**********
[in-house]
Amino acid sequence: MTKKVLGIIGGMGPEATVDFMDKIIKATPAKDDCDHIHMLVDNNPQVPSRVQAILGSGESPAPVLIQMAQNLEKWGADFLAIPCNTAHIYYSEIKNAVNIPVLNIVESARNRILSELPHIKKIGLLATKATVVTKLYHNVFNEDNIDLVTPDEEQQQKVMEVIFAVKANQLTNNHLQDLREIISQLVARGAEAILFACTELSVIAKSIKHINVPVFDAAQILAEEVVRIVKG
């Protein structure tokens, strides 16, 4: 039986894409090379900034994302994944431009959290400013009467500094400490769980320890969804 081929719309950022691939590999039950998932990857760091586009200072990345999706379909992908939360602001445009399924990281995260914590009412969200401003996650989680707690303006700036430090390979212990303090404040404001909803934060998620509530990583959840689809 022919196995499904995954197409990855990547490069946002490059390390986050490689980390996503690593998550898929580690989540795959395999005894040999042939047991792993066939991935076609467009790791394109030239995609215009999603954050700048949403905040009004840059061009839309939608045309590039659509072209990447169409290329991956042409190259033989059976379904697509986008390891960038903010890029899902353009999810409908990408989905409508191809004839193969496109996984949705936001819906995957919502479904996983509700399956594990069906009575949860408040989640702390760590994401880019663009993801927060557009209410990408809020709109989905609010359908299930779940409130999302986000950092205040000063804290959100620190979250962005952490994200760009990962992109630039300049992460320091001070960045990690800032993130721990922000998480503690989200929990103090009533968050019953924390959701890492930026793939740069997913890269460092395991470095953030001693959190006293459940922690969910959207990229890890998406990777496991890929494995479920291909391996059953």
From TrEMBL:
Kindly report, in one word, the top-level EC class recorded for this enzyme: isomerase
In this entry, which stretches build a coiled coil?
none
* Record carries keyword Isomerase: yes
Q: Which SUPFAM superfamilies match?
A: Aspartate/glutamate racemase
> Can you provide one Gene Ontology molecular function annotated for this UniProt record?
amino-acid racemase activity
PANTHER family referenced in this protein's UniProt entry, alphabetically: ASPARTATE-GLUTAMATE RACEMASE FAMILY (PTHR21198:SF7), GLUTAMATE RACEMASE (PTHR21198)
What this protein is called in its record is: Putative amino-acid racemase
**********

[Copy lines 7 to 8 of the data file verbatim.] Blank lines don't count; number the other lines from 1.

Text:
none
* Record carries keyword Isomerase: yes